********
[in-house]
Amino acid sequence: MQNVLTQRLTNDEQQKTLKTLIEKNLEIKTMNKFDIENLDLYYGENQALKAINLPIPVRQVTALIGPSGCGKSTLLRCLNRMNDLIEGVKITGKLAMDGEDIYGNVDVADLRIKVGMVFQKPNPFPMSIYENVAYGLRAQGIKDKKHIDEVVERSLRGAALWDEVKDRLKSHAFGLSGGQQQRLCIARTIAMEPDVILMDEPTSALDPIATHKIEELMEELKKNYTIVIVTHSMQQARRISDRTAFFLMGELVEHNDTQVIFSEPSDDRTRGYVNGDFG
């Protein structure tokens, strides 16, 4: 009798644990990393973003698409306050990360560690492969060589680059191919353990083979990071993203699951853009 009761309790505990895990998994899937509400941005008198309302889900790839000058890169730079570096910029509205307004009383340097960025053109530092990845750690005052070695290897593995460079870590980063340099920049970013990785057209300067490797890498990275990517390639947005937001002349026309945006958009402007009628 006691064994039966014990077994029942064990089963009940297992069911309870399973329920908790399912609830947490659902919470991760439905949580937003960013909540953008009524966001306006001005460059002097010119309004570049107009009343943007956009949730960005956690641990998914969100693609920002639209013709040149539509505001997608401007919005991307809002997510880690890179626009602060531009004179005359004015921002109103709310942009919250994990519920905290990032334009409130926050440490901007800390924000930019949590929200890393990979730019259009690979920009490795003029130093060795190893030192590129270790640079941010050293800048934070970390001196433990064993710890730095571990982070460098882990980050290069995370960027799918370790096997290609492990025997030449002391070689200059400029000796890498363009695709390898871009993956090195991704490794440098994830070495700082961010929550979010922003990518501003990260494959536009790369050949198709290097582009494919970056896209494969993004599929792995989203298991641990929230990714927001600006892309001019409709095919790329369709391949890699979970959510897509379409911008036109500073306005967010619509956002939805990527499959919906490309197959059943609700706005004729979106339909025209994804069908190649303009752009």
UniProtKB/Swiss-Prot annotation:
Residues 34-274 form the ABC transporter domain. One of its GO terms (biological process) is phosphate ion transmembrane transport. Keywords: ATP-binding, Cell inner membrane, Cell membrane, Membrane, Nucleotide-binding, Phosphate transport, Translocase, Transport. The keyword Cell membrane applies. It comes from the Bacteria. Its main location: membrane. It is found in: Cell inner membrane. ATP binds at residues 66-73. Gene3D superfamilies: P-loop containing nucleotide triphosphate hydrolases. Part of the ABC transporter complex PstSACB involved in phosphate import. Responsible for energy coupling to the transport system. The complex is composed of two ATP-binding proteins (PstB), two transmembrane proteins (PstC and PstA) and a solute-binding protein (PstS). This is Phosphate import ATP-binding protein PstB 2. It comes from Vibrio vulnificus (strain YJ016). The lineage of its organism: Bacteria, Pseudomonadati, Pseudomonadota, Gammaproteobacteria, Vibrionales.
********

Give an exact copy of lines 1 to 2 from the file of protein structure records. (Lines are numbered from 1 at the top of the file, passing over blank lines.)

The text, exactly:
[in-house]
Amino acid sequence: MQNVLTQRLTNDEQQKTLKTLIEKNLEIKTMNKFDIENLDLYYGENQALKAINLPIPVRQVTALIGPSGCGKSTLLRCLNRMNDLIEGVKITGKLAMDGEDIYGNVDVADLRIKVGMVFQKPNPFPMSIYENVAYGLRAQGIKDKKHIDEVVERSLRGAALWDEVKDRLKSHAFGLSGGQQQRLCIARTIAMEPDVILMDEPTSALDPIATHKIEELMEELKKNYTIVIVTHSMQQARRISDRTAFFLMGELVEHNDTQVIFSEPSDDRTRGYVNGDFG